Stimuli and procedure
Stimuli were identical to those used in Experiment 1, except that the number of stimuli contained in the prior sequence changed from zero to four ( Figure 6a). The spatial position of the test sequence was fixed. The number of prior stimuli was randomized and counterbalanced within each condition. Thus, the participants perceived from two- to six-point motion. The display with zero prior stimulus was introduced as a control condition as well as the without prior sequence condition of the other experiments. The sequence moving outward was consistent with the test sequence in the continuous trials, and the sequence moving inward was consistent with the test sequence in the reversal trials. We also assigned the test sequences in the zero prior stimulus condition to continuous/reversal. 
The participants completed 200 trials consisting of prior stimuli (5) × test sequences (2; continuous/reversal) × locations of test sequence (2; left/right from the center of the display) × repetitions (10). The procedure was also identical to that in Experiment 1
Results and discussion
The averaged proportion correct for each condition across the observers is shown in Figure 6b. We conducted a two-way repeated measures ANOVA with prior stimulus (5; zero to four) × test sequence (2; continuous/reversal). This revealed the significant main effects of prior stimulus ( F(4,16) = 7.25, p < 0.005), test sequence ( F(1,4) = 313.36, p < 0.001), and a significant interaction between these factors ( F(4,16) = 24.46, p < 0.001). The simple main effect of test sequence showed that the proportion correct of the reversal condition was significantly lower than that of the continuous condition when the number of the prior stimuli ranged from one to four ( p < 0.001). With regard to the simple main effect of prior stimulus ( p < 0.001) in the reversal condition, Ryan's (1960) post hoc comparison revealed that the proportion correct in the one prior stimulus condition was significantly lower than that of the zero prior stimulus condition. Moreover, the proportion corrects from the two to four prior stimuli conditions were significantly lower than those of the zero and one prior stimulus conditions (p < 0.05).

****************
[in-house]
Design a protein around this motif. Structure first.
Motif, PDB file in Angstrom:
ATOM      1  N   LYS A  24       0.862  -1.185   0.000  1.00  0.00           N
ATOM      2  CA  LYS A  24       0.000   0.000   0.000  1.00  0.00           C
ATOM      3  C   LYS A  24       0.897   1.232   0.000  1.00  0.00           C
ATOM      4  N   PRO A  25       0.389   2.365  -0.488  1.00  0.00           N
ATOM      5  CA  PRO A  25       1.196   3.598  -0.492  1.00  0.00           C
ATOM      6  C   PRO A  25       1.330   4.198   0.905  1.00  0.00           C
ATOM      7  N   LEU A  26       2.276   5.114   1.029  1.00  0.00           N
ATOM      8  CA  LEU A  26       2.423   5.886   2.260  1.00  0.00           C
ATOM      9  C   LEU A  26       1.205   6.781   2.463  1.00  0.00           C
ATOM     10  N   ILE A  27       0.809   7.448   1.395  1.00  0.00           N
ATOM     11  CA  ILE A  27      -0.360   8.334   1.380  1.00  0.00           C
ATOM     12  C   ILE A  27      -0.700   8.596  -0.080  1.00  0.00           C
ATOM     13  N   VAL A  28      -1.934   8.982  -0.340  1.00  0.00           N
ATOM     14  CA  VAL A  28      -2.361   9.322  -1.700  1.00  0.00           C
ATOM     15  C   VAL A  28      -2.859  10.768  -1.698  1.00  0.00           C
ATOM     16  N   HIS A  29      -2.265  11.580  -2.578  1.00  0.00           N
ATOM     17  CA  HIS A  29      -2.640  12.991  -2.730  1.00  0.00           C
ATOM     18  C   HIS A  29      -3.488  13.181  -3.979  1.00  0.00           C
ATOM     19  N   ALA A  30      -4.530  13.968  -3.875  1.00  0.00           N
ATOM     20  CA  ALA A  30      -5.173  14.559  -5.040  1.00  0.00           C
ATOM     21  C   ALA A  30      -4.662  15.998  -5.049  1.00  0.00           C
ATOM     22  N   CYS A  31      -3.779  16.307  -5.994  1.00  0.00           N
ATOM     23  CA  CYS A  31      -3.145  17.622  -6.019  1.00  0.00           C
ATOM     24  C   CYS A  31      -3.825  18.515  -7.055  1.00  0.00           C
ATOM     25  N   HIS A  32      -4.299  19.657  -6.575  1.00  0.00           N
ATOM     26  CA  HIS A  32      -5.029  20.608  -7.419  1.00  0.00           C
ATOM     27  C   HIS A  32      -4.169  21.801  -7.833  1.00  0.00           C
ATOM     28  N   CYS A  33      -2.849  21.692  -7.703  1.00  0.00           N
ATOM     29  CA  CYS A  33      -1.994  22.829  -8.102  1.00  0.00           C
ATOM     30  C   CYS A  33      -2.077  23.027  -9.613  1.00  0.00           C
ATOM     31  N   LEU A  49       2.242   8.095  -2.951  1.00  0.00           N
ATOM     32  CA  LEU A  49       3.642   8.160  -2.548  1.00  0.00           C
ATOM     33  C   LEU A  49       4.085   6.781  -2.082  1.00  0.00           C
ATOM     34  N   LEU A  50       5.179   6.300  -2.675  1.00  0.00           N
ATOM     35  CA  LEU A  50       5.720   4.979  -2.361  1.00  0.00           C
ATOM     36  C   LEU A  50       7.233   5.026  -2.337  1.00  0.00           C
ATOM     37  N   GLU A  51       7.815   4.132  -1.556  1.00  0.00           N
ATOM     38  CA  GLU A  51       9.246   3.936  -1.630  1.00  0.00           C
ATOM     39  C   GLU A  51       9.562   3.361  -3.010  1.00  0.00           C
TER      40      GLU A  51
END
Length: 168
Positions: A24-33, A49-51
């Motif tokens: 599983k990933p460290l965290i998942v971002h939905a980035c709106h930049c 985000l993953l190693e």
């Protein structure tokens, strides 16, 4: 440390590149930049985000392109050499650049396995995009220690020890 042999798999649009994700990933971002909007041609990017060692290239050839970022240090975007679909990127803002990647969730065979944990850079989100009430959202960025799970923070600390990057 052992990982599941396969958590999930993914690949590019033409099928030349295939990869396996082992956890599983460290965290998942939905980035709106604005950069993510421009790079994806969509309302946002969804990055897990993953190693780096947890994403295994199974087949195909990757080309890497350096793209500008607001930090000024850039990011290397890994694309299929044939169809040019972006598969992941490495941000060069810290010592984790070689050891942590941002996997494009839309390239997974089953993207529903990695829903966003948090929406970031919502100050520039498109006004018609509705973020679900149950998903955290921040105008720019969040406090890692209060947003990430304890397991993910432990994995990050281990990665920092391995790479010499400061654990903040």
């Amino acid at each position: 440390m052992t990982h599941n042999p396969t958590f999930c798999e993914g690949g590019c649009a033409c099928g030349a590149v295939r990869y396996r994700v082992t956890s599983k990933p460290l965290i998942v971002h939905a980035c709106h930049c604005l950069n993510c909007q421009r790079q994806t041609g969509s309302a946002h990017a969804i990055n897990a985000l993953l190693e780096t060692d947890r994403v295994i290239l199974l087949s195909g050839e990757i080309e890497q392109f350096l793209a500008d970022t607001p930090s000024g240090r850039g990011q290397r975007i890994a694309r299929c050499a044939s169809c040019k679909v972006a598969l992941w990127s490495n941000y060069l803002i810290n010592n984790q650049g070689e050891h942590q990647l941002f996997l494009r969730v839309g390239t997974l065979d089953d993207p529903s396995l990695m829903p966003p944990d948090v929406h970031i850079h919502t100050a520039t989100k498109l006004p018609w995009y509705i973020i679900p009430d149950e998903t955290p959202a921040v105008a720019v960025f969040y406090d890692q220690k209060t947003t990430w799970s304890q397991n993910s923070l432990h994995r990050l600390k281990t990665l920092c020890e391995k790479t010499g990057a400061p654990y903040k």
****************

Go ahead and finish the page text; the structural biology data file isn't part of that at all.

The results of Experiment 5 showed that a prior sequence containing only one stimulus could induce the failure to perceive motion direction reversal. This result indicated that 26.66-ms history (13.33 ms × 2 frames) of the prior motion inputs was enough to induce the failure to perceive motion direction reversal. Moreover, the effect of the prior sequence saturated when the prior sequence contained two or more stimuli. Thus, the failure to perceive motion direction reversal occurred with 53.32-ms history (13.33 ms × 4 frames) of the prior motion inputs. These histories of motion sequences were shorter than that (300 ms) shown in Kanai et al. (2007). This discrepancy might arise from differences in the effectiveness of internal motion representation between discrete motion sequence used in the current experiment and continuous motion sequences used in Kanai et al. (see the General discussion section for a detailed discussion of this possibility). 
General discussion